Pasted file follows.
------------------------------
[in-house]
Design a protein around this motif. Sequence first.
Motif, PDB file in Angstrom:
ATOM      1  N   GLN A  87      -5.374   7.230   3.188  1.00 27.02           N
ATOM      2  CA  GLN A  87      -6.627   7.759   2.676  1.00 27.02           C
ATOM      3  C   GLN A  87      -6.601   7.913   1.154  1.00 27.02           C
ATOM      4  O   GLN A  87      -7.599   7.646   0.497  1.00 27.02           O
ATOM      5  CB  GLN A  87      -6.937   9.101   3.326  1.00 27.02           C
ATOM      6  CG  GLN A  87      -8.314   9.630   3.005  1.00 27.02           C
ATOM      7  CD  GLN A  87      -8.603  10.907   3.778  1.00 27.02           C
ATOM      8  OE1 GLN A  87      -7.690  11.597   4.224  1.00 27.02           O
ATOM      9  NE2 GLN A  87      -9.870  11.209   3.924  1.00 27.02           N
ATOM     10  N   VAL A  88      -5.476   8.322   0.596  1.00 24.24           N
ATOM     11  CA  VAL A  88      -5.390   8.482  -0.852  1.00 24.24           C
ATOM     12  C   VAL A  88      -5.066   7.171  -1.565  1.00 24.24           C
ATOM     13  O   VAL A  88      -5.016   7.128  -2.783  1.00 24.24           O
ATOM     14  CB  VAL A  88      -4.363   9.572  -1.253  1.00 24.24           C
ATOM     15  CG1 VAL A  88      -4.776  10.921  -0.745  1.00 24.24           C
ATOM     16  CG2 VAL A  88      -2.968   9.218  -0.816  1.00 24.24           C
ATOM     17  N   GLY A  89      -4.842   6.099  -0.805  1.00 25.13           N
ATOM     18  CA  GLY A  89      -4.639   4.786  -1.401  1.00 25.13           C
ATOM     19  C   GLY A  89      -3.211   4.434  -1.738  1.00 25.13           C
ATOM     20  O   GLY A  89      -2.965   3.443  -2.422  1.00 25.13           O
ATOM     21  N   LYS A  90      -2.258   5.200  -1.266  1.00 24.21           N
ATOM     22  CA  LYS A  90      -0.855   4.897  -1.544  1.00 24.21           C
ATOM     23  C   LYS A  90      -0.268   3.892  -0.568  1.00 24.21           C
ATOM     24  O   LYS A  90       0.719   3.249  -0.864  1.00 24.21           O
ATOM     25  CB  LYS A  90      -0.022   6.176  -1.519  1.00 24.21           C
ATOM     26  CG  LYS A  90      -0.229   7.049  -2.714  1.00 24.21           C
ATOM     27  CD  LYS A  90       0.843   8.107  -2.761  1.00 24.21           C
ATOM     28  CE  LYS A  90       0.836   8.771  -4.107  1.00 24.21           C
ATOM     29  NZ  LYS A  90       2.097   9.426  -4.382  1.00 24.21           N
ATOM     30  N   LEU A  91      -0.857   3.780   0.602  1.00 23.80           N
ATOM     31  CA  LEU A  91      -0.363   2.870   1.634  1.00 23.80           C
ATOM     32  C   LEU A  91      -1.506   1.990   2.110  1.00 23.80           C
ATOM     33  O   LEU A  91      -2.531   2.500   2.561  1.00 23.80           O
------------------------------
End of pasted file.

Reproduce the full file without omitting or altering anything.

[in-house]
Design a protein around this motif. Sequence first.
Motif, PDB file in Angstrom:
ATOM      1  N   GLN A  87      -5.374   7.230   3.188  1.00 27.02           N
ATOM      2  CA  GLN A  87      -6.627   7.759   2.676  1.00 27.02           C
ATOM      3  C   GLN A  87      -6.601   7.913   1.154  1.00 27.02           C
ATOM      4  O   GLN A  87      -7.599   7.646   0.497  1.00 27.02           O
ATOM      5  CB  GLN A  87      -6.937   9.101   3.326  1.00 27.02           C
ATOM      6  CG  GLN A  87      -8.314   9.630   3.005  1.00 27.02           C
ATOM      7  CD  GLN A  87      -8.603  10.907   3.778  1.00 27.02           C
ATOM      8  OE1 GLN A  87      -7.690  11.597   4.224  1.00 27.02           O
ATOM      9  NE2 GLN A  87      -9.870  11.209   3.924  1.00 27.02           N
ATOM     10  N   VAL A  88      -5.476   8.322   0.596  1.00 24.24           N
ATOM     11  CA  VAL A  88      -5.390   8.482  -0.852  1.00 24.24           C
ATOM     12  C   VAL A  88      -5.066   7.171  -1.565  1.00 24.24           C
ATOM     13  O   VAL A  88      -5.016   7.128  -2.783  1.00 24.24           O
ATOM     14  CB  VAL A  88      -4.363   9.572  -1.253  1.00 24.24           C
ATOM     15  CG1 VAL A  88      -4.776  10.921  -0.745  1.00 24.24           C
ATOM     16  CG2 VAL A  88      -2.968   9.218  -0.816  1.00 24.24           C
ATOM     17  N   GLY A  89      -4.842   6.099  -0.805  1.00 25.13           N
ATOM     18  CA  GLY A  89      -4.639   4.786  -1.401  1.00 25.13           C
ATOM     19  C   GLY A  89      -3.211   4.434  -1.738  1.00 25.13           C
ATOM     20  O   GLY A  89      -2.965   3.443  -2.422  1.00 25.13           O
ATOM     21  N   LYS A  90      -2.258   5.200  -1.266  1.00 24.21           N
ATOM     22  CA  LYS A  90      -0.855   4.897  -1.544  1.00 24.21           C
ATOM     23  C   LYS A  90      -0.268   3.892  -0.568  1.00 24.21           C
ATOM     24  O   LYS A  90       0.719   3.249  -0.864  1.00 24.21           O
ATOM     25  CB  LYS A  90      -0.022   6.176  -1.519  1.00 24.21           C
ATOM     26  CG  LYS A  90      -0.229   7.049  -2.714  1.00 24.21           C
ATOM     27  CD  LYS A  90       0.843   8.107  -2.761  1.00 24.21           C
ATOM     28  CE  LYS A  90       0.836   8.771  -4.107  1.00 24.21           C
ATOM     29  NZ  LYS A  90       2.097   9.426  -4.382  1.00 24.21           N
ATOM     30  N   LEU A  91      -0.857   3.780   0.602  1.00 23.80           N
ATOM     31  CA  LEU A  91      -0.363   2.870   1.634  1.00 23.80           C
ATOM     32  C   LEU A  91      -1.506   1.990   2.110  1.00 23.80           C
ATOM     33  O   LEU A  91      -2.531   2.500   2.561  1.00 23.80           O